By Derek Bound

Sudanese refugee not bitter

Self-reliance is insufficient when facing death, says Angelo

Angelo Phaltang
Angelo Phaltang .... “sooner or later your own resources will not be sufficient”

It was dark. Suddenly there was the sound of gunfire! It was 1998, Sudan's Second Civil War was raging and soldiers from the Khartoum Government had once more invaded the Southern Sudan town of Leer, 40km east of the Nile River.

The southern half of the country had been devastated by decades of war. Everywhere villages lay in burned ruins and fields were overgrown. Thousands had died, women were raped, cattle stolen, and millions displaced by the war. The technologically superior Muslim North wanted to destroy the largely Christian and Animist South, imposing hard line Sharia Law, and stealing the land where geologists had found oil.

That fatal Sunday night, burning grass-roof huts exposed the screaming townsfolk to the bombs and gunshots of the hidden enemy. Among them were 10 year old Angelo Phaltang, and his 13 year old sister Maria and 8 year old brother Samuel.

Daylight found them deep in the malaria and crocodile infested swamp where they were able to join other adult refugees. They ate whatever they could find. Sometimes they were able to catch fish or villagers gave of their meagre substance. Other days they were able to find some fruit and on lean days they ate leaves.

"We recognised we needed God's help, protection and direction along the way. We had no weapons. We were very vulnerable but God answered our prayers," Angelo recalled.

At a young age Angelo says he figured out from Bible teachings that his life is not his own and that because God had created him, he needed to live in a way that honours Him.

"During one church service, the sermon was on repentance (genuine sorrow for sin) from Jesus' parable of the lost sheep. I knew that I had rebelled against God's good commands, I was a lost sinner. So I needed to turn away from my sin and surrender my life to Jesus, because He took the punishment that I deserved.

"I said to Jesus, 'Lord, take me as I am and use me in any way that suits you'."

Living a life that is Christ-centred "may prove to be more difficult at times", Angelo says, but God has supernaturally enabled him to selflessly serve other people even when facing death.

Prayer, he explains, is critical to achieving that goal. "I constantly ask God in prayer to help me lead a life that glorifies Him and at the same time to be a witness to the people around me."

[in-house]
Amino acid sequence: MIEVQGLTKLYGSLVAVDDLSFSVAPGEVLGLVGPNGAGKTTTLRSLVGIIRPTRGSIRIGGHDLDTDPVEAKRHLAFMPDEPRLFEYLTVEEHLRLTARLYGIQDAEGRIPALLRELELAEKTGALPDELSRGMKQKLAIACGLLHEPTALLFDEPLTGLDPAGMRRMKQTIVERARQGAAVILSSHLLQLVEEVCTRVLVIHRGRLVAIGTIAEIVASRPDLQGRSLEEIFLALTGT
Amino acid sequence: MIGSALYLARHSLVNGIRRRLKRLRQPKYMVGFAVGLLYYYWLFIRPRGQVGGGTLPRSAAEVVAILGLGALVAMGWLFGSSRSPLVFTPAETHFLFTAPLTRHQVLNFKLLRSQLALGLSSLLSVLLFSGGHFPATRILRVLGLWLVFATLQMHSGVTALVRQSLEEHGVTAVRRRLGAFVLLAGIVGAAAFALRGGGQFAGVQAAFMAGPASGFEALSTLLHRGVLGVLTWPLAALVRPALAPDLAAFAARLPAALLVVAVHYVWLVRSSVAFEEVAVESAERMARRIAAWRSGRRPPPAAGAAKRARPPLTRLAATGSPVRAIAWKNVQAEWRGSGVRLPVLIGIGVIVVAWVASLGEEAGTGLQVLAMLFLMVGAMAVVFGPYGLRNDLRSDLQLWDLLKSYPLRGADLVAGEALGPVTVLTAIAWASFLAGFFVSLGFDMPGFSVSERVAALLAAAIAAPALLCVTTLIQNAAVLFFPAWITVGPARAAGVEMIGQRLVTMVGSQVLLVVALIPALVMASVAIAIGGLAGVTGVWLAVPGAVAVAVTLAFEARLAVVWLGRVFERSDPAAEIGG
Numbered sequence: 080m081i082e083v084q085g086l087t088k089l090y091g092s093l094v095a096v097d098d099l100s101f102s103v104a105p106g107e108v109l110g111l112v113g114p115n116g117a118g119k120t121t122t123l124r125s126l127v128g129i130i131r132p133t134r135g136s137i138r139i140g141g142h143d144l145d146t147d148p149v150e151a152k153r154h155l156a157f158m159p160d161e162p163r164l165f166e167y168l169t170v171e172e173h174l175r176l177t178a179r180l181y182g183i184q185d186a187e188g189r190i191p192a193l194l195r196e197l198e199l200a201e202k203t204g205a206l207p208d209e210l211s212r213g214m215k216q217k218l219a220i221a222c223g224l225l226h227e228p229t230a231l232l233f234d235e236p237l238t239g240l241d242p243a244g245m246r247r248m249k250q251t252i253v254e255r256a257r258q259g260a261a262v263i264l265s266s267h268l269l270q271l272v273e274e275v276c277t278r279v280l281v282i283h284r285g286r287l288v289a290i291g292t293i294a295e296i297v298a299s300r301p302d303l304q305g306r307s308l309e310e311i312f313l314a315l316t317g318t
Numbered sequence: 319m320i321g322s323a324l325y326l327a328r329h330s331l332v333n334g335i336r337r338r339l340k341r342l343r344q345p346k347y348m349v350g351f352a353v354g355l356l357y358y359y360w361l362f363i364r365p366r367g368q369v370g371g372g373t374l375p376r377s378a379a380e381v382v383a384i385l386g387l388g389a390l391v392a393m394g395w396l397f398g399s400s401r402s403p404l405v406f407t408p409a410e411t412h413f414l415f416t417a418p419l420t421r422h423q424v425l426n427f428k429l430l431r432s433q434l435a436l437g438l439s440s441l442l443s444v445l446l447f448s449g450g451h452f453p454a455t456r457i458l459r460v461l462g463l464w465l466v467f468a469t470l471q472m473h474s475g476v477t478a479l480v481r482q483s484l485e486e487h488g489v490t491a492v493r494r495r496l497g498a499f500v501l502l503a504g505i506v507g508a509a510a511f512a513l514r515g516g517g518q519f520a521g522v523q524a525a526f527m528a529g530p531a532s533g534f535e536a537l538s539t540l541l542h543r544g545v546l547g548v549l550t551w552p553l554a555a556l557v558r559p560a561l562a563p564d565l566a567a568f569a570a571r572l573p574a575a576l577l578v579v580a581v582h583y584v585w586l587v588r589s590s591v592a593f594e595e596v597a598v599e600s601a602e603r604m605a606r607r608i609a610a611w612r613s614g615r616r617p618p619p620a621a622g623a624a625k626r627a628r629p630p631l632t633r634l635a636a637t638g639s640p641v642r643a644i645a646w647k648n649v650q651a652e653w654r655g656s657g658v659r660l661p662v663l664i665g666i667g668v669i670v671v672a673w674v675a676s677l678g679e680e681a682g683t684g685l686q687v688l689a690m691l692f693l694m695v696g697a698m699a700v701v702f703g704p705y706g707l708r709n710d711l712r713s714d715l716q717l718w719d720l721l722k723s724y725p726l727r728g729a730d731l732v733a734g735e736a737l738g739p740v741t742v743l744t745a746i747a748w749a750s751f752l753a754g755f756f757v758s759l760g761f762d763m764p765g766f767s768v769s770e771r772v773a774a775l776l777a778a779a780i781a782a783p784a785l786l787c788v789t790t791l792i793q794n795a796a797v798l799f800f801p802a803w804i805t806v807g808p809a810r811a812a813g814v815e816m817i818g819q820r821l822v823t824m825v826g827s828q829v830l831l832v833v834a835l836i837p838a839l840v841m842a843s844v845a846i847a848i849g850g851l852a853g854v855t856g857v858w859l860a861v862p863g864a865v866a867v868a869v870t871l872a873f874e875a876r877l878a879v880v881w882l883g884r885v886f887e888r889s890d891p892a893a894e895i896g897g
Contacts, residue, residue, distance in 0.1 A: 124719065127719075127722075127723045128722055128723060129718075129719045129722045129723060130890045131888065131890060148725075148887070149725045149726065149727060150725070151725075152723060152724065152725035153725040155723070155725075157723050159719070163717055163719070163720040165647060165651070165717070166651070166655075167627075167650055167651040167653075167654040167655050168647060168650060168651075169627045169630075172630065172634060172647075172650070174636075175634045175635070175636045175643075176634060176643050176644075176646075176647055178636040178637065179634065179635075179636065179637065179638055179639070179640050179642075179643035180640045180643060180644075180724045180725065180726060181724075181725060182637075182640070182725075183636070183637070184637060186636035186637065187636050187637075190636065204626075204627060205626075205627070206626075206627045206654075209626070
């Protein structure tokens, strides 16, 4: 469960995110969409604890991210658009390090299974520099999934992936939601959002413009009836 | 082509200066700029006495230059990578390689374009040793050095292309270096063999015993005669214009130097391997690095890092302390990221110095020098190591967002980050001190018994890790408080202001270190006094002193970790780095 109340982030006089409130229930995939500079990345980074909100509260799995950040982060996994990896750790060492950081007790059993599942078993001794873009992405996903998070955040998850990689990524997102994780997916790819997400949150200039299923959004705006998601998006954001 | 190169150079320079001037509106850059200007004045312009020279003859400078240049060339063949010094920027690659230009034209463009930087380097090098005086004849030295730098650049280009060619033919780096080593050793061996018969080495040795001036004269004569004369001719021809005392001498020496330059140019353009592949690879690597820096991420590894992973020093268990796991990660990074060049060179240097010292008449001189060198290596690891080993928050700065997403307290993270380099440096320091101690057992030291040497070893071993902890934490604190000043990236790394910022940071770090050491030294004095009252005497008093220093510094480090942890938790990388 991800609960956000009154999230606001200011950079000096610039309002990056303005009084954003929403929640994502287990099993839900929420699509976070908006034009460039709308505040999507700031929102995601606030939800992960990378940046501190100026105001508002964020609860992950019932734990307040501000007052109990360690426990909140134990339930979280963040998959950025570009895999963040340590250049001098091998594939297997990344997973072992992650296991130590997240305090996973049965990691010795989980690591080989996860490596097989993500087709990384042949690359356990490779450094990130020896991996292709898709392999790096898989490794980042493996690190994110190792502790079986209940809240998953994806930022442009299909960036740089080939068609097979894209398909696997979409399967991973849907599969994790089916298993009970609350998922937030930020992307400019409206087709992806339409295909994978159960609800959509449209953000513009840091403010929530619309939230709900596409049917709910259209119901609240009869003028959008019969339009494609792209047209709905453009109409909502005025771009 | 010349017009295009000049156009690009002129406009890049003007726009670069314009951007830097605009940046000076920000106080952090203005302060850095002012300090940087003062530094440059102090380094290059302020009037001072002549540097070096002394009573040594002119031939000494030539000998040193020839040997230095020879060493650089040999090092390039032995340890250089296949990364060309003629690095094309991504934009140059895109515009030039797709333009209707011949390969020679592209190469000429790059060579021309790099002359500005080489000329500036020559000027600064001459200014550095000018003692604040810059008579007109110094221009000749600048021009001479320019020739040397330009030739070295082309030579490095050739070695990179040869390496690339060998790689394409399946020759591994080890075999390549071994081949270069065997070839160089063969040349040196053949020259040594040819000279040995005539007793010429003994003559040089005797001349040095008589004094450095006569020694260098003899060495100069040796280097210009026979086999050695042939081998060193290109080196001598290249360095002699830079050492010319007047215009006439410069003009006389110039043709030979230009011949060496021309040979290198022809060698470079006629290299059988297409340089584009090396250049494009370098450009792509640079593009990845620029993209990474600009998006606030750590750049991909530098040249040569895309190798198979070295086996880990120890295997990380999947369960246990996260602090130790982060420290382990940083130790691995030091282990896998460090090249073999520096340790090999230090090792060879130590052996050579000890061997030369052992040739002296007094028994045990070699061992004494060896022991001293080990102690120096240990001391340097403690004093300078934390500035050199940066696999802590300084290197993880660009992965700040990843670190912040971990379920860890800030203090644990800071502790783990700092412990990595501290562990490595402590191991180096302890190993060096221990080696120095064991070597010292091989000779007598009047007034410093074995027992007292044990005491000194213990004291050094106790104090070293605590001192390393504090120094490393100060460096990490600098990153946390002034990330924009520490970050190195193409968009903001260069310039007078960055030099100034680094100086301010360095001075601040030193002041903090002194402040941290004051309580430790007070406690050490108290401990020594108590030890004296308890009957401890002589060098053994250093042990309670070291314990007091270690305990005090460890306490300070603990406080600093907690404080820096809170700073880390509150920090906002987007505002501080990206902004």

After walking nearly 500 kilometres, they were picked up by a UN relief convoy, registered and sent on to the UN Kakuma Refugee Camp in Northern Kenya.

While in Kakuma the potential of Angelo and Maria was recognised by some of the foreign aid workers and so they were personally sponsored to boarding schools around Kitale. Angelo's elder brother Peter then made it to Australia and started the process to get his brothers and sister into the country. He was finally successful and they moved to Australia in 2007.

This year, Angelo graduated with a Master's degree in Commerce and both of his siblings have also begun university studies: Maria is pursuing nursing, while Samuel is studying engineering.

As he finishes this review of God's work in his life, Angelo kindly asks, "Where do you put your trust?"

Most people in Australia, he observes, put their trust in themselves. They rely on their own resources.

"But," says Angelo; "it is better to rely on God! For sooner or later your own resources will not be sufficient. I have learnt that there is a purpose in whatever happens in life. Sometimes we don't know what that purpose is but if we trust in God He will see us through.

"I went through a lot of bitter experiences but I always remembered that God was in control. I knew that God had a genuine purpose in all that was happening around me. My harsh experiences only strengthened my faith in Jesus and gave me the opportunity to rely on Him."

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